Posted by nigel pearce on
A retailer has the right to refuse to sell an item if he does not wish. When I was in business, if I had not wanted to sell an item to a potential customer, that was up to me to make that decision. If I didn't want to sell it for any reason, I was within my rights. A deal can only be concluded between the seller and buyer by mutual agreement.
Posted by DavidGardiner59 on
Anybody can decline to do business with another person or people, that is clear.

It is the reason they give for not doing the business that is at issue.

If I chose not to do business with someone and was then able to tell them why to their face in a discriminatory way that is clearly wrong.

I see a sign over the door “no weddings here for same sex couples”.

Then t shirts and mugs.

It’s not the action of not doing business, it’s the right to be able to openly tell people why you are refusing to do business.

Anyway I am going to spend the rest of this week choosing who to do business with and offending nobody.
Posted by Nat Le Brun on
I'm a disabled person. If a bakery were to refuse to sell me a wedding cake based on my wheelchair use or my Asperger's Syndrome there would be uproar. People would be signing petitions and arguing against the way I was treated. I'm also LGBT.

Now what Sarah is saying is that my sexuality should be cause for someone to be able to turn down a requested service because it's against their personal belief. If that's the case, in my opinion, by that same token LGBT people should be able to refuse service to heterosexual people because of their sexuality or gender orientation.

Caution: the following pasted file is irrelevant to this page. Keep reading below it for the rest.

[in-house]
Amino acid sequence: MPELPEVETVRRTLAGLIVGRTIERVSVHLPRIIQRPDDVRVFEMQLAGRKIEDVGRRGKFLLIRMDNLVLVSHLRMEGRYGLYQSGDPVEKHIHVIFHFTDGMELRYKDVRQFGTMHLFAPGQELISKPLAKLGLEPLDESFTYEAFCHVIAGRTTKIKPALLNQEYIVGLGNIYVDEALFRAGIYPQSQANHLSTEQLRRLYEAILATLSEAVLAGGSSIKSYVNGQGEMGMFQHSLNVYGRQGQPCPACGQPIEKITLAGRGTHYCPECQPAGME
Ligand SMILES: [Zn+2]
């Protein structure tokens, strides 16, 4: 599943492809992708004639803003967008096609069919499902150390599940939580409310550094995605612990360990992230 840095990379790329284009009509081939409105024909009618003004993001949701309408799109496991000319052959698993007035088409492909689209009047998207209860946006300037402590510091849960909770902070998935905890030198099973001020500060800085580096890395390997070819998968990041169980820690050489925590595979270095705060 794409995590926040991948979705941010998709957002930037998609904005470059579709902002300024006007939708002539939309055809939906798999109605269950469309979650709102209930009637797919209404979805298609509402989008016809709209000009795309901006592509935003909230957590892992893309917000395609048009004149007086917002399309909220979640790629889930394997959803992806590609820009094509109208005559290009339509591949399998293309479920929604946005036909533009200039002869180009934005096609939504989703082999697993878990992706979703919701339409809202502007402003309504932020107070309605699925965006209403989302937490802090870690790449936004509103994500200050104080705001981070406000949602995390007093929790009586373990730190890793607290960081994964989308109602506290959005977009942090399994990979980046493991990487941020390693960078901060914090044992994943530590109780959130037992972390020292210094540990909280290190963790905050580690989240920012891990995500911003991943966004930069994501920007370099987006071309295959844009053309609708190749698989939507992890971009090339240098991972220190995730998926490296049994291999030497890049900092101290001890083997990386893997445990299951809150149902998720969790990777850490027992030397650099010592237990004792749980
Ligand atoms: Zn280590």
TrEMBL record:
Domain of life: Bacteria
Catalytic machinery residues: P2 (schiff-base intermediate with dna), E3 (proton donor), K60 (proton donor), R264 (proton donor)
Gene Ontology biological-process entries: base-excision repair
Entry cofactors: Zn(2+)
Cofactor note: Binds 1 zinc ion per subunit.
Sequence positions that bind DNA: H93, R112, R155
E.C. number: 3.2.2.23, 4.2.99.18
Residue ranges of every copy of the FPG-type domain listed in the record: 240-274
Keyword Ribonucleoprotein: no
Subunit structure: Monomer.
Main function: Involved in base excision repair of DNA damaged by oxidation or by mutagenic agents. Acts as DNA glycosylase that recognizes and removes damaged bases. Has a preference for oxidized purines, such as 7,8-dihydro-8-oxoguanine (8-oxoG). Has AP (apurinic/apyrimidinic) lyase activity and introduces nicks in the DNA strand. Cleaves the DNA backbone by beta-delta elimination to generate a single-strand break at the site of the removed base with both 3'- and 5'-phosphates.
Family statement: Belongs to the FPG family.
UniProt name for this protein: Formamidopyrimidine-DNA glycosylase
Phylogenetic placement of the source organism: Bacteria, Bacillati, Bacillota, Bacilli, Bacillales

How far exactly should this go? Should doctors be able to refuse IVF to same sex couples? Should they be able to refuse healthcare to families with same sex parents? The workplace (unless specifically religious like a Church gift shop) is no place for religious beliefs to take precedence. And yes I'm also a Christian.
Posted by Tony Bellows on
I see a sign over the door “no weddings here for same sex couples”.

Remember when there were signs on boarding houses in the UK in the 1960s - "no blacks". That is why we have a law against direct discrimination.
To place a comment please login

You have landed on the Bailiwick Express website, however it appears you are based in . Would you like to stay on the site, or visit the site?